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Clinical depression isn’t exactly the stuff of Hollywood dreams. And in 2011, neither is Mel Gibson. His real-life drunken tirades have cost him dearly — and they make him an unlikely candidate for the necessarily sympathetic movie role of a severely depressed man who takes to talking through a beaver hand-puppet just to survive.
Losing your spouse has to be one of the most heart-wrenching experiences anyone could ever face. Throw in a couple of young kids who must also cope with the loss, and the surviving parent is in store for a very rough ride. When we meet Benjamin Mee, it’s been six months since his wife passed. His two kids, 14-year-old Dylan and 7-year-old Rosie, are trying to adjust but aren’t faring well. The widowed dad is reminded of his wife wherever he goes in town, and Dylan gets expelled from school due to his unique art and a theft problem. It’s definitely time for a change of scenery.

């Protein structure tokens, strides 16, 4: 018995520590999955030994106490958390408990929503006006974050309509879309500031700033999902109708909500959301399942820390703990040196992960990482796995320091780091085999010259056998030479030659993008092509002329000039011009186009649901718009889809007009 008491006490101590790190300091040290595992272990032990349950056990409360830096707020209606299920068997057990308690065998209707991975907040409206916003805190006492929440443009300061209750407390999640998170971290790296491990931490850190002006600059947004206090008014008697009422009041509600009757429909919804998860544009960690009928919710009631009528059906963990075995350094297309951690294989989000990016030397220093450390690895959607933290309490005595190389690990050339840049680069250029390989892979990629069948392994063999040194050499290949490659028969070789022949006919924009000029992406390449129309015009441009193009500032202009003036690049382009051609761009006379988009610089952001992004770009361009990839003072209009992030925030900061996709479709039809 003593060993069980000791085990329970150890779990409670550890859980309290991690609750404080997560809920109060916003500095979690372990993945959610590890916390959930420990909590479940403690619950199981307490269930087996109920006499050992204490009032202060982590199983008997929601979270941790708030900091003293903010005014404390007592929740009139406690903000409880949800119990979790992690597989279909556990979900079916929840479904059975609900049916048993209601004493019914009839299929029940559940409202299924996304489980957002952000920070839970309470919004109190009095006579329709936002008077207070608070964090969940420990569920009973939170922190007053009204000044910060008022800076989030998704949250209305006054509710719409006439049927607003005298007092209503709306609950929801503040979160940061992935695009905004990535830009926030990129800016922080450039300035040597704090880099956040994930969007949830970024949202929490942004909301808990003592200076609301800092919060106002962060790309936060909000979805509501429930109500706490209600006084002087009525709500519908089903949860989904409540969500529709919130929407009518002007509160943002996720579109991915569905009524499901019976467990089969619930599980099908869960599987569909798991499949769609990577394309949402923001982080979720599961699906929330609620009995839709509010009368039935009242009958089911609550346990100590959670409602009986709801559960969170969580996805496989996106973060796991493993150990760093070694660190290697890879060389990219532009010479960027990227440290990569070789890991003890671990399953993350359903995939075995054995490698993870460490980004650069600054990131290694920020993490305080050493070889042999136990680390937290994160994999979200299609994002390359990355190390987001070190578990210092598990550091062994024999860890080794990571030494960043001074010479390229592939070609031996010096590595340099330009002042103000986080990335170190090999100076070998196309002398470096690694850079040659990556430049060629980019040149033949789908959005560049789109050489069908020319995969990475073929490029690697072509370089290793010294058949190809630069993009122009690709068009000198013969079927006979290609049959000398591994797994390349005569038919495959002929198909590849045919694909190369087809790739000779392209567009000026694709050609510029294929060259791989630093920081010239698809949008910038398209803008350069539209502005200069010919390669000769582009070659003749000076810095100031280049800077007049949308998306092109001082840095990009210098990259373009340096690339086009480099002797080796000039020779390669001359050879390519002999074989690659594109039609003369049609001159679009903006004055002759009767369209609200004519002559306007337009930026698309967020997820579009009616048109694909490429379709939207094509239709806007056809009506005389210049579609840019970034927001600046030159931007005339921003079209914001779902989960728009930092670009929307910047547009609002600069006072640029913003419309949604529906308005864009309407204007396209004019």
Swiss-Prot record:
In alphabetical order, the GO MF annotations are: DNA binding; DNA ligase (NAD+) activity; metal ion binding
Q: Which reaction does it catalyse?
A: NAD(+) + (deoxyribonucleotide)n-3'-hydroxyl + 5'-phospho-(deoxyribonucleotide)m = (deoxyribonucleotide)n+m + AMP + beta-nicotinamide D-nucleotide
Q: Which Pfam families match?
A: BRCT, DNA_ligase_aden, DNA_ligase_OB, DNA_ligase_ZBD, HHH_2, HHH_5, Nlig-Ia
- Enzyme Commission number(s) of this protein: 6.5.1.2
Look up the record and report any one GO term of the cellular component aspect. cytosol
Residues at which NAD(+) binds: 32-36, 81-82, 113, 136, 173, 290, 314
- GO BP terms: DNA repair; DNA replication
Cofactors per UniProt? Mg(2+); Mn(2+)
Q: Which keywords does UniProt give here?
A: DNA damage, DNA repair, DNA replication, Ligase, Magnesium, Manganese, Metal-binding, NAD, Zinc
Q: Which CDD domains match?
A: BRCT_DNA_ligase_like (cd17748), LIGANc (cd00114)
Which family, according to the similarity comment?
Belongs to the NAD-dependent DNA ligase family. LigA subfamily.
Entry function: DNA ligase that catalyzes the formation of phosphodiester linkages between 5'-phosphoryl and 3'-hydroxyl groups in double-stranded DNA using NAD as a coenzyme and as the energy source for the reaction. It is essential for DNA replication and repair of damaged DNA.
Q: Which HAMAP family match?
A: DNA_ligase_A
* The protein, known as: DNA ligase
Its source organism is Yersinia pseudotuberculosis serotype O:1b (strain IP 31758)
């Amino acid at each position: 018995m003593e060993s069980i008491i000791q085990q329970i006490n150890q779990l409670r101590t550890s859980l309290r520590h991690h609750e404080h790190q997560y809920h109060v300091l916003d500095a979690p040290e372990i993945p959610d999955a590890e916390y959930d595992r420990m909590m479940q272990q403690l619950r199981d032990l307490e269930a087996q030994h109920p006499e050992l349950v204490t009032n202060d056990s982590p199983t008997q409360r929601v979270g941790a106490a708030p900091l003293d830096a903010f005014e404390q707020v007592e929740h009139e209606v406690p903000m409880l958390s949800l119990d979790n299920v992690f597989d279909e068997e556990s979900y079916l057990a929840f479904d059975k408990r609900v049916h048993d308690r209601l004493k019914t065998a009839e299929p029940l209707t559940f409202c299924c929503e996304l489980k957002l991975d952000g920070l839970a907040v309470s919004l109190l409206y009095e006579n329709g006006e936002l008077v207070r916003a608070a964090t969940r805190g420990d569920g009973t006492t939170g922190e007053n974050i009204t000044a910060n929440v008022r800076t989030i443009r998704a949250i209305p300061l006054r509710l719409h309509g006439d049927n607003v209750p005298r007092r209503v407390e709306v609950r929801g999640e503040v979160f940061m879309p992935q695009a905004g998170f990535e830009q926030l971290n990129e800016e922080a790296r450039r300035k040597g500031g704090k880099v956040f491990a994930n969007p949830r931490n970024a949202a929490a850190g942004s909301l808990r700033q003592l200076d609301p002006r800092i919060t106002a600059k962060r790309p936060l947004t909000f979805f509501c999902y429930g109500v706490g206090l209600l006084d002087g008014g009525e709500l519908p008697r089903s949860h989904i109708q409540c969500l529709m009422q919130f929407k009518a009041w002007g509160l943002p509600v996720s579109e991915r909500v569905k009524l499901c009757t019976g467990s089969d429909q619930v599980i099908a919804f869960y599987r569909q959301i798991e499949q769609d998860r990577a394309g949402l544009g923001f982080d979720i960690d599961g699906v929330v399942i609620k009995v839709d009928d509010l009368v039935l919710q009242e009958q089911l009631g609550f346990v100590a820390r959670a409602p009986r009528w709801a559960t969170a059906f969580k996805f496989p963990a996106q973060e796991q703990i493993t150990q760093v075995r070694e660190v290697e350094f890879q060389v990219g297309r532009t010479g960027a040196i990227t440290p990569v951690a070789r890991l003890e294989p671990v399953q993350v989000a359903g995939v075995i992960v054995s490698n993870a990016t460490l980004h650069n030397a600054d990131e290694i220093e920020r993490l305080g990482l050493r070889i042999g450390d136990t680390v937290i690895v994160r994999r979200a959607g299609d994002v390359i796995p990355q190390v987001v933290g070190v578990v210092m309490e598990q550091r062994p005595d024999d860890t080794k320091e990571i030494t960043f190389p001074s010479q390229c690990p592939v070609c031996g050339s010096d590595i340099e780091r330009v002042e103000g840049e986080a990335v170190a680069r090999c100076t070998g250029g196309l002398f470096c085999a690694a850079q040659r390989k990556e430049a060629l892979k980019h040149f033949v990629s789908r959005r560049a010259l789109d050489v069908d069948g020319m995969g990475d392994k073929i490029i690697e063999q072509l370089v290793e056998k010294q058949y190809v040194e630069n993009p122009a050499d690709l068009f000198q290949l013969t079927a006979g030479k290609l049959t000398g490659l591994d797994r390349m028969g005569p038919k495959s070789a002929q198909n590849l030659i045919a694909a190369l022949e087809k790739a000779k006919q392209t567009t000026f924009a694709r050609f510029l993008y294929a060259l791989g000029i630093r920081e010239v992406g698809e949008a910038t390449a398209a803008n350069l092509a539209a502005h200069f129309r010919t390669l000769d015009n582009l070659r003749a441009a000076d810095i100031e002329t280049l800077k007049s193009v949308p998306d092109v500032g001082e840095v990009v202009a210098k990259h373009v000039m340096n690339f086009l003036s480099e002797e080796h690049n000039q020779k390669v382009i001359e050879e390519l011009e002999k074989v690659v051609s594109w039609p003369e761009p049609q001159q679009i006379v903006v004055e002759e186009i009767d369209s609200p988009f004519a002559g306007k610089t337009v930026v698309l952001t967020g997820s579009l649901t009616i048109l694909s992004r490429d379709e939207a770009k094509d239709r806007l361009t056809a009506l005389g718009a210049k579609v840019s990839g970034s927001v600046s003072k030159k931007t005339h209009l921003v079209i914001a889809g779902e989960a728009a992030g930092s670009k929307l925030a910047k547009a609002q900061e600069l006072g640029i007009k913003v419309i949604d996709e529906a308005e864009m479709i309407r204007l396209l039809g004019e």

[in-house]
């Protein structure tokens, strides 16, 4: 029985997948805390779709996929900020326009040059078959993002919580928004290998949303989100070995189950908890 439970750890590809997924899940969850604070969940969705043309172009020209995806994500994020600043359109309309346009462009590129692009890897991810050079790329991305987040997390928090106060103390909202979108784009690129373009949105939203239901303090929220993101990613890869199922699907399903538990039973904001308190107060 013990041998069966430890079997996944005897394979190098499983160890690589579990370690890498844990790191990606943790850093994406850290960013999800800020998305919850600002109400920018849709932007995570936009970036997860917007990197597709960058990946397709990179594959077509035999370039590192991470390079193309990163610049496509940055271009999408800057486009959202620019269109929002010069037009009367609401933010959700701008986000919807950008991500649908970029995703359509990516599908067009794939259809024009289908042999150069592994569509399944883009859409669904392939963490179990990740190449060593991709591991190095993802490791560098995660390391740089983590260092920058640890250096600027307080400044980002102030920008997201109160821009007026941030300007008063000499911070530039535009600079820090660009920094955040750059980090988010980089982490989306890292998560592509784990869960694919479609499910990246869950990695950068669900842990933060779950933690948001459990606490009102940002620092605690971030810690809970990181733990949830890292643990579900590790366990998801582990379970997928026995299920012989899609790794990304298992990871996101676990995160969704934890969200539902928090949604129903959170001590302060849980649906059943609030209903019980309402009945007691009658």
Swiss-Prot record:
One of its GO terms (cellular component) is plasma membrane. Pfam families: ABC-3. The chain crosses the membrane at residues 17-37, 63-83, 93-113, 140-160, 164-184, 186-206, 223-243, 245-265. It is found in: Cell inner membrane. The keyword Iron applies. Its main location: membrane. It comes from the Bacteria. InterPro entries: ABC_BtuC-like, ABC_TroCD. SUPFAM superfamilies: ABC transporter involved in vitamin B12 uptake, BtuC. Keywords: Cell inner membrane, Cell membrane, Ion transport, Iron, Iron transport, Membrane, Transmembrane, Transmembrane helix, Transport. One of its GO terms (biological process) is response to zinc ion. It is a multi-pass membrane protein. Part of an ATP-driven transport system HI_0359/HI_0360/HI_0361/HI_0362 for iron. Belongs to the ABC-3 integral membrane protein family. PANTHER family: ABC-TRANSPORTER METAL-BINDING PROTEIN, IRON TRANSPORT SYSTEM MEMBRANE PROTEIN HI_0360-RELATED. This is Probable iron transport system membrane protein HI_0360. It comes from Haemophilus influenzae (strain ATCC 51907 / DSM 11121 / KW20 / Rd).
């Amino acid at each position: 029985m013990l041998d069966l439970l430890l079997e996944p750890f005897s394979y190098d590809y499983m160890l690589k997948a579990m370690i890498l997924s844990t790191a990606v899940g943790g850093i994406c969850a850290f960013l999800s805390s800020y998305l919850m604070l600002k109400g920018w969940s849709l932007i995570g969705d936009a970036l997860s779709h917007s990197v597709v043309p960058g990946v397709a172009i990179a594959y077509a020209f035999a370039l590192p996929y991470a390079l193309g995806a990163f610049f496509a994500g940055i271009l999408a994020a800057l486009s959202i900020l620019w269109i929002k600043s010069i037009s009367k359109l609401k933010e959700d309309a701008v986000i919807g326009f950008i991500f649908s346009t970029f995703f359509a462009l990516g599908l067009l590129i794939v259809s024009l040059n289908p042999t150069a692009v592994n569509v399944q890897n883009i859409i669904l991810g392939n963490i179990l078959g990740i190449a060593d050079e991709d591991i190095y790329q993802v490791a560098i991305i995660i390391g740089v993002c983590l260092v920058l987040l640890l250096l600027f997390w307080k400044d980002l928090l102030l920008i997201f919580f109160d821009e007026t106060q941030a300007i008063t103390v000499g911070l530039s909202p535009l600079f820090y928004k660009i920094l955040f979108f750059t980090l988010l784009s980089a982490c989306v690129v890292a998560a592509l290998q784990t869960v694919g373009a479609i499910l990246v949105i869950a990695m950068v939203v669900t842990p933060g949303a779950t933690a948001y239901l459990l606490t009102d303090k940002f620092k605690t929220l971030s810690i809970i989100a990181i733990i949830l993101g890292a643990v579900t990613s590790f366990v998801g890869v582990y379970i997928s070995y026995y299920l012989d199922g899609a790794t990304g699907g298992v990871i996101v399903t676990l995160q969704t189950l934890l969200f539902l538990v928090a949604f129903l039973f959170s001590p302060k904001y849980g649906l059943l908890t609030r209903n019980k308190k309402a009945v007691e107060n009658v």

Ah, crime and punishment. They go together like . . . Leopold and Loeb, Donny and Marie, Rimsky and Korsakov. Except, of course, in the movies or on TV, when folks sometimes get away with murder (think Body Heat or The Player).